First I gave the stairs a couple of coats of Glidden Floor and Porch Paint in Onyx Black. It looked all shiny and pretty, but shortly after it dried, I realized that it was a deathtrap for me because it was way too slippery. Stairs have it in for me. Steven once saved me from breaking some bones (or worse), several years ago when I slipped on stairs with no handrail at a venue. No, I hadn’t had anything to drink. As I was falling down the steep flight, I screamed his name, and he broke my fall. My hero. If only he’d been there a couple of years ago when I think I broke a rib slipping on the stairs that go to our second floor. Now I always make sure to hang onto the handrail, but slippery stairs + me are a very bad combo. So I bought a packet of non-slip floor finish additive, and did another coat. Problem solved. It’s not quite as pretty, but there’s no way I can slip on these stairs now, no matter how hard they plot against me.

I added a couple of hooks up near the kitchen door, which have already come in handy for holding some of the millions of canvas shopping bags we have. And the banister got a coat of the same paint as the floor, minus the non-slip additive. I even cleaned and shined up the handrail brackets (the hardware holding up the banister), and re-positioned them slightly so that they actually went into studs. (Easier said than done when you have plaster and lathe walls–studs are actually often tricky to find.)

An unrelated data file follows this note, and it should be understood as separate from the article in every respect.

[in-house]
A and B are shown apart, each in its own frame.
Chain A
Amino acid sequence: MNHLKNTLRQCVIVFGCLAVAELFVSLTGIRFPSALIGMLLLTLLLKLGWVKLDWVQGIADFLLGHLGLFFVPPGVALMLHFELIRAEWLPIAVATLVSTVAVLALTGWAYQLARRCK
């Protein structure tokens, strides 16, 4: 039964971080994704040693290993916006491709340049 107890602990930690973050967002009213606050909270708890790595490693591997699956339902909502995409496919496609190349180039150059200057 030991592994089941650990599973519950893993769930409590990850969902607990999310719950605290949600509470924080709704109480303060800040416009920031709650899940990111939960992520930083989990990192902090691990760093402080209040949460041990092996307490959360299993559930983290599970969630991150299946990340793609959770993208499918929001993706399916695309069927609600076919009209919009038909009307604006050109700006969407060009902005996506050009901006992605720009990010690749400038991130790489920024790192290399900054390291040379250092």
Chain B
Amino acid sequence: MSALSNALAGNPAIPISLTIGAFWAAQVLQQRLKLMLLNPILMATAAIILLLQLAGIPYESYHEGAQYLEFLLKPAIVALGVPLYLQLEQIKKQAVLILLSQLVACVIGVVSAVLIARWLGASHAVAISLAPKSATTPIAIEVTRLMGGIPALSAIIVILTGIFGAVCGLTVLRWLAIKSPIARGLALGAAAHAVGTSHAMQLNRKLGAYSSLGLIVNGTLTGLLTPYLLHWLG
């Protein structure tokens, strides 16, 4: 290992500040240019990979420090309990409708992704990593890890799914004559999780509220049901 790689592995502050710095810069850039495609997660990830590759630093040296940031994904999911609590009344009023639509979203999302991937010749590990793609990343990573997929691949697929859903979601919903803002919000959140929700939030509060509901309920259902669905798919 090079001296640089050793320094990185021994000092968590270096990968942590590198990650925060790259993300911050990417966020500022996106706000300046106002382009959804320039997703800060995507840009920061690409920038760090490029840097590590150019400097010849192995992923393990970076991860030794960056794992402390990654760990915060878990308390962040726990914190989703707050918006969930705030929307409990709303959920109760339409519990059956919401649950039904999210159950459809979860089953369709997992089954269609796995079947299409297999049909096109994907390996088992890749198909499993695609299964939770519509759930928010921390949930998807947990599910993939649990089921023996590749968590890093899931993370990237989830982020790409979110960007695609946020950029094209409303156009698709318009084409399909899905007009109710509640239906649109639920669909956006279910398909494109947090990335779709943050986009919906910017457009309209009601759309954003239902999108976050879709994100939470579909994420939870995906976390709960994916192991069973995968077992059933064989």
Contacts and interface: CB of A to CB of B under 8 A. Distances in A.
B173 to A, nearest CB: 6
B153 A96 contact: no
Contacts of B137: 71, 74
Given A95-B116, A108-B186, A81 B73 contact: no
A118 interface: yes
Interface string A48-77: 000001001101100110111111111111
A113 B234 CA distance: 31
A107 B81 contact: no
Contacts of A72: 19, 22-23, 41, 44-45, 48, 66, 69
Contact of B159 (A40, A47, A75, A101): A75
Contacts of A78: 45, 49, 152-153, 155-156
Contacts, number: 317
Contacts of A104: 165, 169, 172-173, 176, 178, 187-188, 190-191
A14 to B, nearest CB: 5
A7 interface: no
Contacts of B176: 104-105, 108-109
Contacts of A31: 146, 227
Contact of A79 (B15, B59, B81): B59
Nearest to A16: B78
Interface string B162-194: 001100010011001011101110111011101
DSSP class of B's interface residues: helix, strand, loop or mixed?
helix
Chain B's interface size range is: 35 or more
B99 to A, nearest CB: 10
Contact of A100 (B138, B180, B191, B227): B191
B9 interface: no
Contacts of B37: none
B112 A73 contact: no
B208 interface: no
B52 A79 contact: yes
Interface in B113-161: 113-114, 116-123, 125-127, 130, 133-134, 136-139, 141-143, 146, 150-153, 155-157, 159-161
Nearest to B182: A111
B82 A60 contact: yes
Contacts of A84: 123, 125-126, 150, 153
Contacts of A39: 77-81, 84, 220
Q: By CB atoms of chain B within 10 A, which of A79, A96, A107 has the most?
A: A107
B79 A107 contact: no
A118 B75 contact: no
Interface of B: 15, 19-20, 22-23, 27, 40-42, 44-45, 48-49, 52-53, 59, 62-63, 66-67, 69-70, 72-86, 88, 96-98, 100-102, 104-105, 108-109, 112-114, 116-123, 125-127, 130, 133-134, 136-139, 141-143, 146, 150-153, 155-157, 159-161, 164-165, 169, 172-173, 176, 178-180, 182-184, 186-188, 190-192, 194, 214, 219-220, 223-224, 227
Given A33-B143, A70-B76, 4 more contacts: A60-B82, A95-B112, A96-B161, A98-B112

back stairs 2

And that ends my first, and probably last, big home improvement project of 2016. It’s not that our house is perfect now, it’s just that the other areas that need work, like the bathrooms, are going to be way bigger and more expensive projects than we want to take on this year. But I’m glad that now I’ll have more time for working on smaller scale projects that are a bit more blog-friendly.

Tile: Moon Mosaic by Statements Tile. (Even the guy at the tile store seemed surprised that this was only $4 per square foot. The tile itself cost less than $50 for this space.)
Grout: Ardex FL in Ocean
I bought the tile and grout locally at Interstate Flooring, and I’d recommend them.
Wall paint: Benjamin Moore ben eggshell, in Cotton Balls
Floor and banister paint: Glidden floor and porch paint in Onyx Black, plus Behr non-slip additive for the floor
Hooks: These, in black, which don’t seem to be available in that finish any more.

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If you ask me, Valentine’s Day is an annoying holiday. When you’re single, it’s a reminder that unlike seemingly everyone else on the planet, you have no one to send you roses and chocolates, and you’ll be alone forever. And if you’re part of a couple, there’s a lot of artificial pressure to make the day “special,” by spending a lot of money on overpriced food and corny gifts. For many years, Steven and I have celebrated by staying home and making a slightly nicer dinner than usual. Homemade pizza (no garlic or onions!) plus a bit of sparkling wine sounds like a romantic evening to me.

This Valentine’s Day heart pizza works whether you’re part of a couple, or not. Couples can cut it in half and offer each other pieces of their heart (awww), and your single lady party can go to town and annihilate the symbol of commercialized love with pizza cutters. Either way, you get to eat pizza at the end. Which is definitely the way to my heart.

Valentine's Day heart pizza recipe

Valentine's Day heart pizza recipe

Valentine's Day heart pizza recipe

Red Pepper, Portobello Mushroom, and Artichoke Heart Pizza

Makes two pizzas.

Pizza crust dough – I used this recipe, which makes enough for two pizzas, or you can use pre-made pizza dough–I like Trader Joe’s.